CNN correspondent Susan Roesgen, reporting live from in front Chicago’s Trinity United Church of Christ on Thursday’s "The Situation Room," presented a sympathetic view of the Rev. Jeremiah Wright and his house of worship as being "under siege" -- from the national media. "Beyond what they say is the hurtful glare of the cameras, church leaders also say parishioners are hounded by reporters and they say the church received bomb threats. A church that feels under siege, now getting national support." Nearly the entire three minute segment, outside of Roesgen’s voice-overs and on-camera reporting, consisted of sound bites of the supporters of the church.
Besides featuring nobody but its supporters, Roesgen also painted the church and its congregations as victims of the controversy and of the news media. "I think they feel angry and they feel used. When they have talked about certain reporters, they were basically talking about reporters who were rude enough to go into the pews and hand out their business cards during the services, something of course CNN would never do."
The report, which aired 41 minutes into the 5 pm Eastern hour of the CNN program, featured the Rev. Michael Kinnamon of the liberal National Council of Churches; the Rev. Otis Moss, the current pastor of Trinity United Church of Christ; and the Rev. John Thomas, president of the national United Church of Christ. The three appeared at a press conference that was given from behind the pulpit at Trinity, the same pulpit where the Rev. Jeremiah Wright made his many controversial sermons. The three were among those who came to the defense of the "church that feels under siege," as Roesgen put it.
Roesgen herself only mentioned Wright in passing, and then in a relatively good light. "Standing behind the pulpit where former Pastor Jeremiah Wright inspired his congregation and enraged critics, national church leaders defended the church and blasted the news media." She also did not play any of the former pastor’s now-infamous remarks, thus failing to provide the context to why these religious leaders were coming to the church’s defense.
The full transcript of Roesgen’s report from Thursday’s "The Situation Room:"
SUZANNE MALVEAUX: Religious leaders are coming to the defense of Barack Obama's church which has been under a very hot spotlight over controversial remarks about race by the senior pastor. Our CNN's Susan Roesgen joining us live. Susan, obviously, there has been a lot of controversy over this. What is happening today?
SUSAN ROESGEN, CNN CORRESPONDENT: Well today Suzanne, the church is trying very hard to defend its former pastor and its reputation.
REV. MICHAEL KINNAMON, NATL COUNCIL OF CHURCHES: In recent weeks, I have seen the United Church of Christ more than occasionally portrayed as some kind of radical sect. This, of course, is nonsense.
ROESGEN (voice-over): Standing behind the pulpit where former Pastor Jeremiah Wright inspired his congregation and enraged critics, national church leaders defended the church and blasted the news media.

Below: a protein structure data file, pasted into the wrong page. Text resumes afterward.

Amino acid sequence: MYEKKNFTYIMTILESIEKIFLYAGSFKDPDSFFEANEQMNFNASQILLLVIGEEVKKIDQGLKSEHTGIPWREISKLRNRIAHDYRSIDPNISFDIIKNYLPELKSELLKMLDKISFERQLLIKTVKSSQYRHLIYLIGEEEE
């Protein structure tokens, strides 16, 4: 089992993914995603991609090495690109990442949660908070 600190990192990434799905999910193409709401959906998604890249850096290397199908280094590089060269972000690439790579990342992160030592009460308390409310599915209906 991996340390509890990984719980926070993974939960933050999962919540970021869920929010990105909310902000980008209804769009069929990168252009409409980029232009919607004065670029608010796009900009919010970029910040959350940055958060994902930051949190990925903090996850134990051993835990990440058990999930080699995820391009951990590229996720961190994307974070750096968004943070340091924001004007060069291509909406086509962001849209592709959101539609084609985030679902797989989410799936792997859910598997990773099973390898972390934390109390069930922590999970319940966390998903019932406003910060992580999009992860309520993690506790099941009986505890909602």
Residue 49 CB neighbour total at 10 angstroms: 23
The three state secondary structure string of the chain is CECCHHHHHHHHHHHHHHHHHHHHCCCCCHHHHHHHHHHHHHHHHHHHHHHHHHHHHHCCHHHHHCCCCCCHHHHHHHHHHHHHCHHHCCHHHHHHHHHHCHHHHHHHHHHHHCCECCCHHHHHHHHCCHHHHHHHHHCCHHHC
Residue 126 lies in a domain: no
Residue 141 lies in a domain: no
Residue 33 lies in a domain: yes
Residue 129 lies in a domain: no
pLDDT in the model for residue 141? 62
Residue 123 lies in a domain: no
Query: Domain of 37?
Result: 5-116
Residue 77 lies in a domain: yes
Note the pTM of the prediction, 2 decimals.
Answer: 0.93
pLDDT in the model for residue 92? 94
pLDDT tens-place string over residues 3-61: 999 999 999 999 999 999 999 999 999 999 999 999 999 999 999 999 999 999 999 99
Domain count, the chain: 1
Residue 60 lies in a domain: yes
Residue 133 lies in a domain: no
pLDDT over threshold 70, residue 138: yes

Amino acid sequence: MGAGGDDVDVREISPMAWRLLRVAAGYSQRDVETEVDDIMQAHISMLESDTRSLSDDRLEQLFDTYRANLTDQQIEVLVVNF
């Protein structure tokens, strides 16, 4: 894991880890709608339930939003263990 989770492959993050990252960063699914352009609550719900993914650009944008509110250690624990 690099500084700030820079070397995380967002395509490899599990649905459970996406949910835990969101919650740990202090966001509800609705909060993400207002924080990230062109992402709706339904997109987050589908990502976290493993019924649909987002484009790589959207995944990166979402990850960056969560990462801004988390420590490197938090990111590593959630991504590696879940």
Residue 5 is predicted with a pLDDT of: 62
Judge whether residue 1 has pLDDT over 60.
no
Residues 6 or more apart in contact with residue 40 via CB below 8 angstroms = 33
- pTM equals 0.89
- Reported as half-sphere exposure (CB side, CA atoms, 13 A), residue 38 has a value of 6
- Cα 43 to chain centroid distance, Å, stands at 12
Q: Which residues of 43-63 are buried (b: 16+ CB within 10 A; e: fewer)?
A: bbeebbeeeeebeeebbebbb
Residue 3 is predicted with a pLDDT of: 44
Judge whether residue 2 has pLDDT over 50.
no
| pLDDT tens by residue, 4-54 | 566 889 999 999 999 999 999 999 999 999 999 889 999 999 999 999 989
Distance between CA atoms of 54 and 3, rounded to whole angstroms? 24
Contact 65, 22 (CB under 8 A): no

REV. OTIS MOSS, TRINITY UNITED CHURCH OF CHRIST: We have received unprecedented scrutiny that has taken its toll on our members, our staff, and our senior pastor.
REV. JOHN THOMAS, PRES., UNITED CHURCH OF CHRIST: The intersection of politics, religion and race has heightened our awareness of how easy it is for our conversations about race to become anything but sacred.
MOSS: As a church, we say no more. Enough is enough. Today, we -- pastors, members, and supporters of Trinity United Church of Christ proclaim that we take back our sacred space.
ROESGEN: Beyond what they say is the hurtful glare of the cameras, church leaders also say parishioners are hounded by reporters and they say the church received bomb threats. A church that feels under siege, now getting national support.
KINNAMON: If there are threats against one church, as there have been here, all churches are threatened. If the privacy of church members in one place is violated, as it has been here, all places of worship are violated.
ROESGEN (on-camera): Now Suzanne, Reverend Wright himself was not here at the news conference today. He's been keeping a pretty low profile. And Senator Barack Obama was not here either. We know that he's in Chicago tonight. He's not campaigning, and his press spokesman told me that he has no idea when was the last time that Senator Obama actually attended a service here at Trinity United Church.
MALVEAUX: And Susan, you're there in Chicago at the church. You know, what is the tone of those -- the parishioners there? What sense do you get from them? Are they just fed up with this, or are they moving on, or resilient? What is the feeling there?
ROESGEN: No, they're not moving on Suzanne and that's why they had the news conference today. I think they feel angry and they feel used. When they have talked about certain reporters, they were basically talking about reporters who were rude enough to go into the pews and hand out their business cards during the services, something of course CNN would never do. And also, reporters who called up people who were sick, parishioners who were sick or in the hospital because they had gotten the names and phone numbers off of a prayer list from people who were praying for those particular parishioners. So these reporters actually went to the sickest members of the congregation to try to get their responses to the Wright controversy. And the church says that's horrible and this is a sacred place and we're not going to allow it anymore.
MALVEAUX: Okay, thank you very much Susan.